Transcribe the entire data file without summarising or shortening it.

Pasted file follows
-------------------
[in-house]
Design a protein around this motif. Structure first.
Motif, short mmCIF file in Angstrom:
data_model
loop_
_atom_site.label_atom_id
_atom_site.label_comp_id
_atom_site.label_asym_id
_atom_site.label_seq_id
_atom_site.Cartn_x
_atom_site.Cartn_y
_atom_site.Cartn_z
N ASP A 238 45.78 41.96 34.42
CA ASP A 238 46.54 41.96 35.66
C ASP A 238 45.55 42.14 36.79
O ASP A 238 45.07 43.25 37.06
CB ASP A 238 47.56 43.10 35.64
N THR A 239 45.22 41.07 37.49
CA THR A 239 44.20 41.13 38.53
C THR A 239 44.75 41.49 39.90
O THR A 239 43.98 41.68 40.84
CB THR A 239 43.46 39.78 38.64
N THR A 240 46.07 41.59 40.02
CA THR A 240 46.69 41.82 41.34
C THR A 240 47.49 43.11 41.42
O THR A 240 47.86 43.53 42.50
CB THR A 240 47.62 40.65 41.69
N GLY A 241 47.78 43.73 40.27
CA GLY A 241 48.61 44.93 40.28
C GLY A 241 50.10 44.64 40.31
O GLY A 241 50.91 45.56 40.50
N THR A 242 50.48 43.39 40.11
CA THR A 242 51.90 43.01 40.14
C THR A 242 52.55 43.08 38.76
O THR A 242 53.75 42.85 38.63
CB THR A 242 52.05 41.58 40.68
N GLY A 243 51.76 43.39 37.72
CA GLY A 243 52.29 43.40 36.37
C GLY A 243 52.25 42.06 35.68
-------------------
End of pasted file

[in-house]
Design a protein around this motif. Structure first.
Motif, short mmCIF file in Angstrom:
data_model
loop_
_atom_site.label_atom_id
_atom_site.label_comp_id
_atom_site.label_asym_id
_atom_site.label_seq_id
_atom_site.Cartn_x
_atom_site.Cartn_y
_atom_site.Cartn_z
N ASP A 238 45.78 41.96 34.42
CA ASP A 238 46.54 41.96 35.66
C ASP A 238 45.55 42.14 36.79
O ASP A 238 45.07 43.25 37.06
CB ASP A 238 47.56 43.10 35.64
N THR A 239 45.22 41.07 37.49
CA THR A 239 44.20 41.13 38.53
C THR A 239 44.75 41.49 39.90
O THR A 239 43.98 41.68 40.84
CB THR A 239 43.46 39.78 38.64
N THR A 240 46.07 41.59 40.02
CA THR A 240 46.69 41.82 41.34
C THR A 240 47.49 43.11 41.42
O THR A 240 47.86 43.53 42.50
CB THR A 240 47.62 40.65 41.69
N GLY A 241 47.78 43.73 40.27
CA GLY A 241 48.61 44.93 40.28
C GLY A 241 50.10 44.64 40.31
O GLY A 241 50.91 45.56 40.50
N THR A 242 50.48 43.39 40.11
CA THR A 242 51.90 43.01 40.14
C THR A 242 52.55 43.08 38.76
O THR A 242 53.75 42.85 38.63
CB THR A 242 52.05 41.58 40.68
N GLY A 243 51.76 43.39 37.72
CA GLY A 243 52.29 43.40 36.37
C GLY A 243 52.25 42.06 35.68